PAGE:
Last time I posted on Perspectives
in late 2013, it was to predict a New Year’s like no other.
Acute care providers everywhere were scrambling to prepare for an influx of newly insured patients on Jan. 1. The Affordable Care Act (ACA) had been designed to reduce ED crowding, yet most emergency departments (EDs) were bracing for increased volumes. Healthcare leaders knew that access to primary care could be a thorny issue for the newly insured, leaving only EDs to meet their needs
Now that the ACA's inaugural year has come and gone, I think it's time to revisit our predictions during that anxious period. What actually happened? What does it mean for acute care providers? And now that we've had our first taste of healthcare reform, how can we prepare for the future?
In many ways, implementation of the ACA proceeded according to plan. Here in California, 2.3 million people gained coverage in 2014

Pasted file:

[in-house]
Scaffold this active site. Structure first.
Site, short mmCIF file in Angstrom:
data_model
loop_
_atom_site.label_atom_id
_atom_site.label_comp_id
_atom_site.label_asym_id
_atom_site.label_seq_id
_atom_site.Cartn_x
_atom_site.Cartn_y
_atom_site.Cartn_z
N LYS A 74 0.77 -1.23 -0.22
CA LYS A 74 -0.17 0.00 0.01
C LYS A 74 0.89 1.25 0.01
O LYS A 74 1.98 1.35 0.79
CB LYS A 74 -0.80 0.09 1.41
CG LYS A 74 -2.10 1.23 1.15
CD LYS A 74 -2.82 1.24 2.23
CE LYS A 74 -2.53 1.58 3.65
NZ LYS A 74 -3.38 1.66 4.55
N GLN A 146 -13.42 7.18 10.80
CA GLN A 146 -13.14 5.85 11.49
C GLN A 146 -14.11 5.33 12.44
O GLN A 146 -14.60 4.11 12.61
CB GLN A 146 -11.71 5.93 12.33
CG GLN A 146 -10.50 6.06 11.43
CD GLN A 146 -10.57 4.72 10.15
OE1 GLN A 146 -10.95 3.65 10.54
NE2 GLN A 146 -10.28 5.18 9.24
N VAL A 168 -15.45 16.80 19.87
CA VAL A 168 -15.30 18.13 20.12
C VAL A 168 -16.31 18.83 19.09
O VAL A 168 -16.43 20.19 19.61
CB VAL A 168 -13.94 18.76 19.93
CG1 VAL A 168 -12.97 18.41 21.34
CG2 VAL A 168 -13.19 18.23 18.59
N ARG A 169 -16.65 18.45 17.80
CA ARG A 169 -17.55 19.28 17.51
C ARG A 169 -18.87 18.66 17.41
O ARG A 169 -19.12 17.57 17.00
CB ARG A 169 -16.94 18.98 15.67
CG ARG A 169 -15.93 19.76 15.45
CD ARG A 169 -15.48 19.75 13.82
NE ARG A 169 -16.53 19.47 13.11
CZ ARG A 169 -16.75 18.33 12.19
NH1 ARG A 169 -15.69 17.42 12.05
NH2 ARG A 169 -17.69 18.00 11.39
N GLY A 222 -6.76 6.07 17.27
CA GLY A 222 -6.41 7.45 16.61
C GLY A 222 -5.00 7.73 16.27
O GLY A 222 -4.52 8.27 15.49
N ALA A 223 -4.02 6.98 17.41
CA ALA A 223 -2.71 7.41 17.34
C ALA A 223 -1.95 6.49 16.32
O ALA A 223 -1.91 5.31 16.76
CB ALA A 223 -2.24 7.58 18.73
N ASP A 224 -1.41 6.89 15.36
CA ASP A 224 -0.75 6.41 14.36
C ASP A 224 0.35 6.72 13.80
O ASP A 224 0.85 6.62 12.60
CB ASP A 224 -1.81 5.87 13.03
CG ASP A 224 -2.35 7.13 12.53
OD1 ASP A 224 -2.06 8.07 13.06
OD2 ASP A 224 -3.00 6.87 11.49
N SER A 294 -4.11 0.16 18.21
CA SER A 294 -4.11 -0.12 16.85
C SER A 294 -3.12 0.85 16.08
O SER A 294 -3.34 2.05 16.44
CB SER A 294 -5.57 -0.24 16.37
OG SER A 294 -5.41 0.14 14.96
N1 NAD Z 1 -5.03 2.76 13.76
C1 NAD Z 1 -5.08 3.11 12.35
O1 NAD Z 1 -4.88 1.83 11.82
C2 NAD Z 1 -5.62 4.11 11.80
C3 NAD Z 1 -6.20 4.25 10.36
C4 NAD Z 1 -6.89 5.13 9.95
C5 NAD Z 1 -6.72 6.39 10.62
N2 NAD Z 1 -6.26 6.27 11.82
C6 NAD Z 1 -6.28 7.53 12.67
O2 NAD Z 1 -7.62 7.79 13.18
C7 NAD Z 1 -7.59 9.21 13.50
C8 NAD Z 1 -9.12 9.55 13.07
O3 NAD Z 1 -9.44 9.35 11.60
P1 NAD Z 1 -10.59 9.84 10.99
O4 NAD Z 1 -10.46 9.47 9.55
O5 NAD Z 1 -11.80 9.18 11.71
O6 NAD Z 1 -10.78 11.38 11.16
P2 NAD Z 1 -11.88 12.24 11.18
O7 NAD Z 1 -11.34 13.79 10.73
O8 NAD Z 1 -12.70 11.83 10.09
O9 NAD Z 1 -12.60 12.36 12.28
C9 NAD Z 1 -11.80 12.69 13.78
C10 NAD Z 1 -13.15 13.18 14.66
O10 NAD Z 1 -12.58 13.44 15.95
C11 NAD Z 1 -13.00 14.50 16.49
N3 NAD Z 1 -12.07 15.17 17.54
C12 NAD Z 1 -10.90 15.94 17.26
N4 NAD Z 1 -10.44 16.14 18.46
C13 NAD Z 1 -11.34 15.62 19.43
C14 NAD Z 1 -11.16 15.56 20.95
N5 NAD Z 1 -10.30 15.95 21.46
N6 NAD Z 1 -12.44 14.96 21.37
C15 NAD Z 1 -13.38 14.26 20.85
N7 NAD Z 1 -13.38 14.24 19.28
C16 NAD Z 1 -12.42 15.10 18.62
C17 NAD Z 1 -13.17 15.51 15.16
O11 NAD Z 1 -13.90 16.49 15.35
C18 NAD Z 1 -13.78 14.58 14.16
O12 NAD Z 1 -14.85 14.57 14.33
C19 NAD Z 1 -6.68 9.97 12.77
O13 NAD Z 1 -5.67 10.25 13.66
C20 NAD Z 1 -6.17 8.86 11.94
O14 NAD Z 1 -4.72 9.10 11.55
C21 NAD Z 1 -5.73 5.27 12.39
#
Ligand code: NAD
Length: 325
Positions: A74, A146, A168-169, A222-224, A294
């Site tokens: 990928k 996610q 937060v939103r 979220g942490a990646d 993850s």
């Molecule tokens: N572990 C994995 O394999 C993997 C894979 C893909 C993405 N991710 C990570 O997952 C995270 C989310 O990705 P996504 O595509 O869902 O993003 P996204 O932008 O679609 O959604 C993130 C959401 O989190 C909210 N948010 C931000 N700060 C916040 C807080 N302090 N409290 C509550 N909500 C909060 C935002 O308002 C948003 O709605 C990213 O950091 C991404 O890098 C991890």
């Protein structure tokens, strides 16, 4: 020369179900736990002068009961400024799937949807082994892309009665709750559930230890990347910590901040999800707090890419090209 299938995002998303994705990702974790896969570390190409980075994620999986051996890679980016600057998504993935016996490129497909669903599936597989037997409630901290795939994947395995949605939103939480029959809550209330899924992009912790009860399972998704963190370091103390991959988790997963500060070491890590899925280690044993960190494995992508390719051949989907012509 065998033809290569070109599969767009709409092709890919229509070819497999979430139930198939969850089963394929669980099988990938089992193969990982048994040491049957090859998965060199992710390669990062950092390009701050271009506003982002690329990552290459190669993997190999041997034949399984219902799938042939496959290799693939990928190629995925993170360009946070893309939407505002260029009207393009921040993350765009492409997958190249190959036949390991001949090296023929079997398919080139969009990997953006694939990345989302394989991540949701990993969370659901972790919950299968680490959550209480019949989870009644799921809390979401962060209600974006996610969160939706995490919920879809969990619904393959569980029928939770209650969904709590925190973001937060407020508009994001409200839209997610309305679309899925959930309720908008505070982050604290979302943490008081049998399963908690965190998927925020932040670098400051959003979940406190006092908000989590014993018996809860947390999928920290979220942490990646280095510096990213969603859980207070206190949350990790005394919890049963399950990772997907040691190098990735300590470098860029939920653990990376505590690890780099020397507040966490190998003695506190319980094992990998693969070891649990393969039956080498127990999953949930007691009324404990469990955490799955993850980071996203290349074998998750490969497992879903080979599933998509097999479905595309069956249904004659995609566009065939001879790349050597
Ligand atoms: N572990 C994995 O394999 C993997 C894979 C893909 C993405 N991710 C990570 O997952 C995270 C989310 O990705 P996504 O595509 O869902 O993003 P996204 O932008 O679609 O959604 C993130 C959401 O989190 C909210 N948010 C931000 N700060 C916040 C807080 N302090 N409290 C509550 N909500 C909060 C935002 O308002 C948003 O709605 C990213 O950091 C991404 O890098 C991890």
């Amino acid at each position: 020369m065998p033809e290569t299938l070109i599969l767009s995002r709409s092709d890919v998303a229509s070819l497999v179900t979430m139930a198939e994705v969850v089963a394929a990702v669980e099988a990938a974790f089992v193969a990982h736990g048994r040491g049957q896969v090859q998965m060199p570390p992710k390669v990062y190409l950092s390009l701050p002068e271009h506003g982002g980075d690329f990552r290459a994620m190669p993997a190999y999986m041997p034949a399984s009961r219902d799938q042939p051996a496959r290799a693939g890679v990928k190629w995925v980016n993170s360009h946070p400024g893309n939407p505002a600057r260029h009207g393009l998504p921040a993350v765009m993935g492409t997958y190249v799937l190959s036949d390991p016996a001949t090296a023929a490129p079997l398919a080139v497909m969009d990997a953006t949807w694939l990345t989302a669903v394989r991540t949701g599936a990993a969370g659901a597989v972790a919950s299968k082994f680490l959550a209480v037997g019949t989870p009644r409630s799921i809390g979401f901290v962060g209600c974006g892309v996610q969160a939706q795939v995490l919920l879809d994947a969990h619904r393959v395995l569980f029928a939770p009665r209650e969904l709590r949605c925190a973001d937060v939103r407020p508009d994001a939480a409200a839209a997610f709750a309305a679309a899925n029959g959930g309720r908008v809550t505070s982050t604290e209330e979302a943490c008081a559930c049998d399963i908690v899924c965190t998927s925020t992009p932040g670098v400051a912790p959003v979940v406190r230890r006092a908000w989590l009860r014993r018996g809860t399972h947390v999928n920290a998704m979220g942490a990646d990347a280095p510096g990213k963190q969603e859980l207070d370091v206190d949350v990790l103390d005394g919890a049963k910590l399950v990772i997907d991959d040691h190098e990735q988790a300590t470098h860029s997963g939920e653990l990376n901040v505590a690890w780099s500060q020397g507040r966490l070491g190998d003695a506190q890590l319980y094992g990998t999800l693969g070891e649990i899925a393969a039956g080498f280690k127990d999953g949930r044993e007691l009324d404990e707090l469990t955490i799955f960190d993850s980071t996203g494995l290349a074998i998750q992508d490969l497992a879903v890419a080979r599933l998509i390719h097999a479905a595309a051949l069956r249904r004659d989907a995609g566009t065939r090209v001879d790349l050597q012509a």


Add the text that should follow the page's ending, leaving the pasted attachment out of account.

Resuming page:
through Covered California (the state health exchange) or Medicaid expansion (which we call Medi-Cal). Within a few months, the percentage of uninsured Californians dropped from from 22 to 11
So did these new beneficiaries rely on the ED for care? Yes, but generally in manageable numbers
. Among the hospitals in my region, which spans the Los Angeles metropolitan area, ED volumes rose 5 to 10 percent over 2013 levels. And throughout the year, we saw a significant increase in the proportion of Medi-Cal patients.
However, it's important to note that ED volumes didn't increase across the board. Visits to Los Angeles' county hospitals actually dropped.
(In fact, ED traffic at Los Angeles County-USC, Harbor-UCLA and Olive View-UCLA medical centers decreased 8 percent.) While we can only speculate about the reasons, it seems likely that the newly insured patients felt that they now had more choices about their care. So they gravitated toward the EDs they believed offered the best service and shortest wait times.
Overall, an analysis by the Los Angeles Times
showed that growth of ED visits to Los Angeles hospitals actually slowed in 2014, increasing just 1.7 percent. (In 2012 and 2013, ED visits grew by 5 and 3 percent, respectively).